Australia’s Prime Minister announced that his country is considering the possibility of transferring its embassy in Israel from Tel Aviv to Jerusalem.
Like the United States, Australia’s Prime Minister announced today that his country is considering the possibility of transferring its embassy in Israel from Tel Aviv to Jerusalem. The announcement has been said to be geared towards internal elections in Canberra, an attempt to win the votes of Jewish voters in the district.
Australian Prime Minister Scott Morrison said in a press conference that he was “open” to proposals to formally recognize Jerusalem as “the capital of Israel” and move his country’s embassy there, just as the United States did in May. Hours after announcing the idea, Morrison said he wanted to “poll the views” of the region’s leaders on the resolution “before the government took a specific stance on the issue.”
Although the prime minister said his country was “committed to a two-state solution,” his move was seen as a “breach” of the policies pursued by successive Australian governments for decades.
I spoke today with Australian PM @ScottMorrisonMP. He informed me that he is considering officially recognizing Jerusalem as the capital of Israel & moving the Australian embassy to Jerusalem. I’m very thankful to him for this. We will continue to strengthen ties between 🇮🇱 & 🇦🇺!
— Benjamin Netanyahu (@netanyahu) October 15, 2018
Morrison said: “Frankly, things are not going well (with the two-state solution), there has not been much progress, and we should not continue to do the same thing and expect different results.” His controversial move, as he himself stated, was sparked accusations by some of his opponents – who accused him of using the announcement at this time “to win votes in sub-legislative elections in a circle dominated by Jews in Sydney.” Opinion polls indicate that Morrison, the Liberal Party candidate, has lost popularity and, if defeated, will lose the majority seat in parliament.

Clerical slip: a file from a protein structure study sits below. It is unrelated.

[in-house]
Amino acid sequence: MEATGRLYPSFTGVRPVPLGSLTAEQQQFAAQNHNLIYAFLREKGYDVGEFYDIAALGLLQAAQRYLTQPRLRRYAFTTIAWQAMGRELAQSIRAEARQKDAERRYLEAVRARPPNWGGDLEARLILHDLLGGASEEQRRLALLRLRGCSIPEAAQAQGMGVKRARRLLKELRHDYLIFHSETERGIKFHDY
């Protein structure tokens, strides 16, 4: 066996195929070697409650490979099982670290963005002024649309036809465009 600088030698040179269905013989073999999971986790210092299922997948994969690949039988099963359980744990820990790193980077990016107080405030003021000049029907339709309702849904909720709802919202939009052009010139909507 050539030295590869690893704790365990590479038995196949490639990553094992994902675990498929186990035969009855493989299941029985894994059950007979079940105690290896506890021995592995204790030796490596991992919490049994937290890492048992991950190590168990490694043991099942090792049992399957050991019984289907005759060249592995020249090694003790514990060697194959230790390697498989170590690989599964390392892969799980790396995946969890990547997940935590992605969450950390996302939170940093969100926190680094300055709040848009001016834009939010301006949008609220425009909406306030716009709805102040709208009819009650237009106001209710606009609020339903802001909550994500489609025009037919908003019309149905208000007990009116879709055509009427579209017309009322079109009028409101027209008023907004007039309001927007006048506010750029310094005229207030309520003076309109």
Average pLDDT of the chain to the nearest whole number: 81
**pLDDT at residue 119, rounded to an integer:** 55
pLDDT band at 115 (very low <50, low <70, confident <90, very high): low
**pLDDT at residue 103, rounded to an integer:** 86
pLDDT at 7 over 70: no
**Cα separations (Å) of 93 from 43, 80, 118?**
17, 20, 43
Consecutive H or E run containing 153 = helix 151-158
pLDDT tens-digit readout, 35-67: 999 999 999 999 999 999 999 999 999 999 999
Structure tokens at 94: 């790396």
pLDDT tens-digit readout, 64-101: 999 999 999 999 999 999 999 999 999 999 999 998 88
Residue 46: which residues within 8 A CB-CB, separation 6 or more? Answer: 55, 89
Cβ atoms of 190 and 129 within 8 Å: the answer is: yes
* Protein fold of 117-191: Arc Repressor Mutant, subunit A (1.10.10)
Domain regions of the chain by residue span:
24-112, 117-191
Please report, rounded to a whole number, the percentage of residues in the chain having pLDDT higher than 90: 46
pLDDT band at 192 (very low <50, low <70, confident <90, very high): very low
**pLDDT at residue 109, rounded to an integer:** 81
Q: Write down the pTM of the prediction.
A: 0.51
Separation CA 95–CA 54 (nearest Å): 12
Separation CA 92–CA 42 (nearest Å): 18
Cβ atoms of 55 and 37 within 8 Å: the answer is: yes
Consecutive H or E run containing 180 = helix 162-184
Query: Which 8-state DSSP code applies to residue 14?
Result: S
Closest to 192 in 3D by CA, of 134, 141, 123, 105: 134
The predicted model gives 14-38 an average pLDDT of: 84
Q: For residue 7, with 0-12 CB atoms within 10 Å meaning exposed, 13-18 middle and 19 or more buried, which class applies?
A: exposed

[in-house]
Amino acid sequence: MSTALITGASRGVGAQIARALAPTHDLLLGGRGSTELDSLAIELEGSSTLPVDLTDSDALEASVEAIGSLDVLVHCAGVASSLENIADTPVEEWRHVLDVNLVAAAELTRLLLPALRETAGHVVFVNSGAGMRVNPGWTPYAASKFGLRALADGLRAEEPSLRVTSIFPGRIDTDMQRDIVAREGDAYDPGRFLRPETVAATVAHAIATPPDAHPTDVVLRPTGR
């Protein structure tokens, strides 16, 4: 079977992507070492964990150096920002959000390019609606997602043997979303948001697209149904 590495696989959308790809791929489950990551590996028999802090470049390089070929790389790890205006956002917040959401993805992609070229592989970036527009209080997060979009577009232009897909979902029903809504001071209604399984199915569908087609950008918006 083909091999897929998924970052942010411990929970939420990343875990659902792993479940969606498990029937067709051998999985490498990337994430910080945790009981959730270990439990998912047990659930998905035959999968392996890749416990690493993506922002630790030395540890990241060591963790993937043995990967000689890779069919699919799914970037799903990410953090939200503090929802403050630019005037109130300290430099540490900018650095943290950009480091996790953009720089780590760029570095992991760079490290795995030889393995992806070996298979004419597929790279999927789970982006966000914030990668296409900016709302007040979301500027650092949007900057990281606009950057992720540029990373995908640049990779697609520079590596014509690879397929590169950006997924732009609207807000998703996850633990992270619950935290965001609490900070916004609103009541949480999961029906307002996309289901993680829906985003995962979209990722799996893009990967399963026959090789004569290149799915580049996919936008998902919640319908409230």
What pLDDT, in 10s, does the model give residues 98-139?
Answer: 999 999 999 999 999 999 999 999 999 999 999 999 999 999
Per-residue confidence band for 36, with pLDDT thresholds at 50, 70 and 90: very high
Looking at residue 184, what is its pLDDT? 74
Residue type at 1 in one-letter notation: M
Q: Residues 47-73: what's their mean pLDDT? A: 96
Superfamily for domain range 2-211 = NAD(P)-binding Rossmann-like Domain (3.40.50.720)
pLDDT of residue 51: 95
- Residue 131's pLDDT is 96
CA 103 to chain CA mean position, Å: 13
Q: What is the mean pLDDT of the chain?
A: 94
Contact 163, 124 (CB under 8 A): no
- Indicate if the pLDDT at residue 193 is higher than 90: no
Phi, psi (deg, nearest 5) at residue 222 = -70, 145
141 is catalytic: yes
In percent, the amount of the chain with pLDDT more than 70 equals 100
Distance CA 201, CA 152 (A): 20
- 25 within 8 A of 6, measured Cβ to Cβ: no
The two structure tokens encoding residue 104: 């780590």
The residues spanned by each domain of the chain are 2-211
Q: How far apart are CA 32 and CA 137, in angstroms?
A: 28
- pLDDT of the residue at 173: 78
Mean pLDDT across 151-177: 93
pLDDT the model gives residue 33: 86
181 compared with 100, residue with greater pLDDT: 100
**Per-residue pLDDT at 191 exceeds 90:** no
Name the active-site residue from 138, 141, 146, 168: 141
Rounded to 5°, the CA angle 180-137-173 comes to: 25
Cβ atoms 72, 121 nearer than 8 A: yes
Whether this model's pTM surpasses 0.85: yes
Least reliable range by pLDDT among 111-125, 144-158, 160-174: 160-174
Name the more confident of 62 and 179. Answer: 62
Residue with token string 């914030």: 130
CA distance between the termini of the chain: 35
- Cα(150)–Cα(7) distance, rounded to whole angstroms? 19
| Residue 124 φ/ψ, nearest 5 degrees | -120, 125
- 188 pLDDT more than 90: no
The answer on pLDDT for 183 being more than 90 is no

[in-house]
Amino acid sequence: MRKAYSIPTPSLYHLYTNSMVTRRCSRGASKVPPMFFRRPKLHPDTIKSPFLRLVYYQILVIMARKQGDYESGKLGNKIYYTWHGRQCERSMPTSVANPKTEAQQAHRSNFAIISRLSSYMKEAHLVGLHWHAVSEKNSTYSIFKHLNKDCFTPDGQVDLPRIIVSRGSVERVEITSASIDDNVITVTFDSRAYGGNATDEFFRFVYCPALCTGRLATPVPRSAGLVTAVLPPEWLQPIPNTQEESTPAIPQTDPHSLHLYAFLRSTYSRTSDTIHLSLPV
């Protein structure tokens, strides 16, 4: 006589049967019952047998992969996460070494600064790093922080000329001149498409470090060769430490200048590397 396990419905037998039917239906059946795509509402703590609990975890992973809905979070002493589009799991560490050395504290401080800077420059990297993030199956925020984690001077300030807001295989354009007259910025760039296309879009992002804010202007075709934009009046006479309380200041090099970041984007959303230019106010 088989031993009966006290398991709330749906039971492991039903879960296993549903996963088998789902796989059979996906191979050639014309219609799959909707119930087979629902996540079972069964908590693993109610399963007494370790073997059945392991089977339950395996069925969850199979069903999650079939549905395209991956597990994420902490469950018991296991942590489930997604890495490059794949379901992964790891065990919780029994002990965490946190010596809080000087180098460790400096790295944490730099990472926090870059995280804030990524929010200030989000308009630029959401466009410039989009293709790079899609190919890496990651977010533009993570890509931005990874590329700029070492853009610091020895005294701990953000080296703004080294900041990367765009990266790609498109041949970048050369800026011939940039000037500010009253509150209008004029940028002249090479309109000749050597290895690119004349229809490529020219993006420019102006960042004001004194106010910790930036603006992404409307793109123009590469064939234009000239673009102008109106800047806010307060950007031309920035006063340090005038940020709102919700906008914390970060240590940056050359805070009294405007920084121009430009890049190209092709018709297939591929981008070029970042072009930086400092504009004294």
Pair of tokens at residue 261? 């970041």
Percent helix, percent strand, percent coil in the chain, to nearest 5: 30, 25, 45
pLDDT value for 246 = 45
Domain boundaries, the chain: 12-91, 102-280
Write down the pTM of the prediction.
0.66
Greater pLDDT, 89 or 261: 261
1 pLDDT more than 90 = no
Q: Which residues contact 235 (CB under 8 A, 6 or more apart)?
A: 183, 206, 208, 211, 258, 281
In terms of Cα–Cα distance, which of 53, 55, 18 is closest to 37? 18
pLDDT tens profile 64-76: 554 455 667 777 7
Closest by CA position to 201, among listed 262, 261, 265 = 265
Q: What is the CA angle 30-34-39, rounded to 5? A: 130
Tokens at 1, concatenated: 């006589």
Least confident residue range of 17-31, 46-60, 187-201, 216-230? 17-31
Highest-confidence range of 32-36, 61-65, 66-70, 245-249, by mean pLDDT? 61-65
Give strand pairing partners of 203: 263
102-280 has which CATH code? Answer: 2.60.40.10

Against this background, the spokesperson of the opposition Workers’ Party, accused Morrison of announcing his decision to “entice more voters.”
“Scott Morrison is so desperate to stay in office that he is willing to say anything if he thinks it will bring him more votes, even at the expense of Australia’s national interest,” she said.
However, Morrison, who became prime minister last August, denied the charges against him, including those that speak of the “impact” of U.S. President Donald Trump on his decisions, saying: “This decision was made without any interference from the United States”. He added that this issue “was not raised in discussions with the President or U.S. officials.”
Indonesia considers freezing trade deal with Australia
In response to Morrison’s comments on the recognition of Jerusalem as “the capital of Israel,” Indonesia today threatened the possibility of “freezing an important trade deal it had signed with Canberra.” According to Hebrew newspaper Maariv, a senior Indonesian official said, “Indonesian Foreign Minister Ratno Marsoudi has sent numerous letters to her Australian counterpart expressing concern about the issue.”
“The ambassador of Australia in Jakarta was summoned for an urgent interview with the Indonesian Foreign Ministry to clarify the matter.” The foreign ministers of both countries are also expected to meet today in the Indonesian capital to discuss the issue and try to clarify it.
Morrison said he was “in contact with Indonesian President Goku Vadudu and that they talked about the matter.” “This is normal in our relations,” Morrison said. “I am happy to explain very clearly the substance of the declaration. I was very satisfied with the response we received. “I, and President Vadudu will continue to work closely with our allies all over the world on such issues.”
Palestinian Foreign Minister “saddened”
Palestinian Foreign Minister Riyad al-Maliki said today that “reports indicating the possibility of changing Australia’s policy toward Jerusalem call for grief.” “I am saddened by the possibility that Australia will violate international law and UN Security Council resolutions,” he told a joint news conference with Indonesian Foreign Minister Ratno Marchudi. He saw Australia’s move as “a risk for trade and business relations with the rest of the world, especially the Arab and Islamic worlds.” Egypt’s ambassador to Australia, Mohamed Khairat, said that the ambassadors of 13 Arab countries met in Canberra today, out of concern that the step Australia is considering would harm the chance for peace. He explained that the ambassadors agreed to send a letter to the Ministry of Foreign Affairs to explain their concerns about the possible move.
Top Photo | Prime Minister Scott Morrison, left, speaks to the media alongside Minister for Foreign Affairs Marise Payne during a press conference at the Parliament House in Canberra, October 16, 2018. Mick Tsikas | AAP via AP
Source | Translated by MintPress News from Al-Akhbar
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